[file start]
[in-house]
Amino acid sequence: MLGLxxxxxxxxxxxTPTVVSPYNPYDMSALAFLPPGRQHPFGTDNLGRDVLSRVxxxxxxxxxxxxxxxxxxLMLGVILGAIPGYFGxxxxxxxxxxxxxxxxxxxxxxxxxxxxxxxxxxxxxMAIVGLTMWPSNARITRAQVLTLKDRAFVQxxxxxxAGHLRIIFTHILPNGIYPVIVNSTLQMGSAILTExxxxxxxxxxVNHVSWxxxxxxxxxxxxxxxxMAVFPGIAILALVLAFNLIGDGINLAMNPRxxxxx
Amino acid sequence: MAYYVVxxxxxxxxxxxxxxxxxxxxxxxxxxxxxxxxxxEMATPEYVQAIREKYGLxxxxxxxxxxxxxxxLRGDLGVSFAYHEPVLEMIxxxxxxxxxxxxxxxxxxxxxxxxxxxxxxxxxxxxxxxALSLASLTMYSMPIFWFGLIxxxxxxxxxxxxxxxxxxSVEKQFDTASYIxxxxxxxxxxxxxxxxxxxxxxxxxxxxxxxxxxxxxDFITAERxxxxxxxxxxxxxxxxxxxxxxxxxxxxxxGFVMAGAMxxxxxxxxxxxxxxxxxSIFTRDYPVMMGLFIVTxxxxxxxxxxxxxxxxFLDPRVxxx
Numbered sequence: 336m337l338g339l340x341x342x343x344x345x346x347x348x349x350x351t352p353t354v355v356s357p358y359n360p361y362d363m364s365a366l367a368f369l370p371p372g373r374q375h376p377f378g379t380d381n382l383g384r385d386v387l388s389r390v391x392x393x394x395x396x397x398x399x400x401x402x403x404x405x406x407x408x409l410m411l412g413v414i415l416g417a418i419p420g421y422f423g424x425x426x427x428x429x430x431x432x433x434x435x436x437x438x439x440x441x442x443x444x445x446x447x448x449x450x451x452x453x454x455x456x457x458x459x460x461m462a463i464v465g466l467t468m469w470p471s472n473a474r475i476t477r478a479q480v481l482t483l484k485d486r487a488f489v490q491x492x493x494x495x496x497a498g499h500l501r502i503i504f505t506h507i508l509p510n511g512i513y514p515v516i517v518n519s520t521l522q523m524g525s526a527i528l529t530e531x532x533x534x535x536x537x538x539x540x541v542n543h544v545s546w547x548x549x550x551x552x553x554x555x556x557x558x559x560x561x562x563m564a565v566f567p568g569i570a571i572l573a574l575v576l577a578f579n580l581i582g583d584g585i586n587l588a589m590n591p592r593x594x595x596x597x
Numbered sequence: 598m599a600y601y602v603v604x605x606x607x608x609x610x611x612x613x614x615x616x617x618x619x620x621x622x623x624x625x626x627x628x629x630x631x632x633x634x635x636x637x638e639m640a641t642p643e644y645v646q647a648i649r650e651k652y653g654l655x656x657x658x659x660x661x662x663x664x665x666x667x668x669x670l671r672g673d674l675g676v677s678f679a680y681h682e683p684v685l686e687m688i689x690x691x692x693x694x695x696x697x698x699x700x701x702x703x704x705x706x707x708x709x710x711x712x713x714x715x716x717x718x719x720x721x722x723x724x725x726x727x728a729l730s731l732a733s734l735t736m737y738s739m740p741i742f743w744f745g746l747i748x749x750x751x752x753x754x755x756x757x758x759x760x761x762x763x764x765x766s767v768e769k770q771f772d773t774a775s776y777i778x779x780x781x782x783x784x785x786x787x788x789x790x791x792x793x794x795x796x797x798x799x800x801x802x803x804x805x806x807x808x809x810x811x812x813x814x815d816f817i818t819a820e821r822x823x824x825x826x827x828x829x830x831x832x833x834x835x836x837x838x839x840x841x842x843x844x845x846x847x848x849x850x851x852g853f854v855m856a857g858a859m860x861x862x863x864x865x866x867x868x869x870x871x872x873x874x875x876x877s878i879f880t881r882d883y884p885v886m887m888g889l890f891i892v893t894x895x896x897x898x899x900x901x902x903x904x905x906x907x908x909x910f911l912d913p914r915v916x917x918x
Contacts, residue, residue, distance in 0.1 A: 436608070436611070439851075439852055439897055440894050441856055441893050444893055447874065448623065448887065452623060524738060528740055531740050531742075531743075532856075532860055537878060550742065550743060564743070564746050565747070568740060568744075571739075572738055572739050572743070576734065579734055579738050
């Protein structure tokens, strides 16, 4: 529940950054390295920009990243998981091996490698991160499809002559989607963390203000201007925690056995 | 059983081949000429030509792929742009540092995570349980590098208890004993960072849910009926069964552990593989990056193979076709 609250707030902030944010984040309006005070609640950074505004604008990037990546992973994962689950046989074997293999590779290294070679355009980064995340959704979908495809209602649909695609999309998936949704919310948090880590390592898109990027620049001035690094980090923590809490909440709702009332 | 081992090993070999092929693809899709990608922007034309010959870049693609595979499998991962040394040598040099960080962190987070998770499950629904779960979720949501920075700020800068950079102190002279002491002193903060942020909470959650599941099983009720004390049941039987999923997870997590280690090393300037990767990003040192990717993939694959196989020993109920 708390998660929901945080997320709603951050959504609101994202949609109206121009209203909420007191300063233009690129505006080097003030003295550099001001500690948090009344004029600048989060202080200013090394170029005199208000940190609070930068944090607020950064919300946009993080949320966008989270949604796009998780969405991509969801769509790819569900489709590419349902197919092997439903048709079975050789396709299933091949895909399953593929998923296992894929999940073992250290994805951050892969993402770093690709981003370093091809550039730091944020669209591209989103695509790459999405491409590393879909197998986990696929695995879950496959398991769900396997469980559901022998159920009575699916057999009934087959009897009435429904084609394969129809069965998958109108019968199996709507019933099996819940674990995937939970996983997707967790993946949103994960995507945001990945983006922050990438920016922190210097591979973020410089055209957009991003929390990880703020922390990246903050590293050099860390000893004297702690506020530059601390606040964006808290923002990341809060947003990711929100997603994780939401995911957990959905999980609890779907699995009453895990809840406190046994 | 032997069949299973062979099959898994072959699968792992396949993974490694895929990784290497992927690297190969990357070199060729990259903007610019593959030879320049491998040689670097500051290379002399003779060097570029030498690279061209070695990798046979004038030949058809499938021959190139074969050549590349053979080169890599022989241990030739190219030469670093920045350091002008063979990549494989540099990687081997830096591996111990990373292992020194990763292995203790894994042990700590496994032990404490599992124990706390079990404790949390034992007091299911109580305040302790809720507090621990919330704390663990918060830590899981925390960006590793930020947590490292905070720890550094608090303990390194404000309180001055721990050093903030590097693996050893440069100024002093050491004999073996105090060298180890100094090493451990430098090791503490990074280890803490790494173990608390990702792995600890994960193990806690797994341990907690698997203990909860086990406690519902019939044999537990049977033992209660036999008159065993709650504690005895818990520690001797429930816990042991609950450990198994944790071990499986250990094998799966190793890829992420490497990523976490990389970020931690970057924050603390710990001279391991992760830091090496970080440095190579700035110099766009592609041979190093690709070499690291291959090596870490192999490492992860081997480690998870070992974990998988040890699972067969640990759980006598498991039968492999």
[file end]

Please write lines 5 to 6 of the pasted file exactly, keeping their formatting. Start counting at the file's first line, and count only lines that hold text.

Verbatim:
Numbered sequence: 598m599a600y601y602v603v604x605x606x607x608x609x610x611x612x613x614x615x616x617x618x619x620x621x622x623x624x625x626x627x628x629x630x631x632x633x634x635x636x637x638e639m640a641t642p643e644y645v646q647a648i649r650e651k652y653g654l655x656x657x658x659x660x661x662x663x664x665x666x667x668x669x670l671r672g673d674l675g676v677s678f679a680y681h682e683p684v685l686e687m688i689x690x691x692x693x694x695x696x697x698x699x700x701x702x703x704x705x706x707x708x709x710x711x712x713x714x715x716x717x718x719x720x721x722x723x724x725x726x727x728a729l730s731l732a733s734l735t736m737y738s739m740p741i742f743w744f745g746l747i748x749x750x751x752x753x754x755x756x757x758x759x760x761x762x763x764x765x766s767v768e769k770q771f772d773t774a775s776y777i778x779x780x781x782x783x784x785x786x787x788x789x790x791x792x793x794x795x796x797x798x799x800x801x802x803x804x805x806x807x808x809x810x811x812x813x814x815d816f817i818t819a820e821r822x823x824x825x826x827x828x829x830x831x832x833x834x835x836x837x838x839x840x841x842x843x844x845x846x847x848x849x850x851x852g853f854v855m856a857g858a859m860x861x862x863x864x865x866x867x868x869x870x871x872x873x874x875x876x877s878i879f880t881r882d883y884p885v886m887m888g889l890f891i892v893t894x895x896x897x898x899x900x901x902x903x904x905x906x907x908x909x910f911l912d913p914r915v916x917x918x
Contacts, residue, residue, distance in 0.1 A: 436608070436611070439851075439852055439897055440894050441856055441893050444893055447874065448623065448887065452623060524738060528740055531740050531742075531743075532856075532860055537878060550742065550743060564743070564746050565747070568740060568744075571739075572738055572739050572743070576734065579734055579738050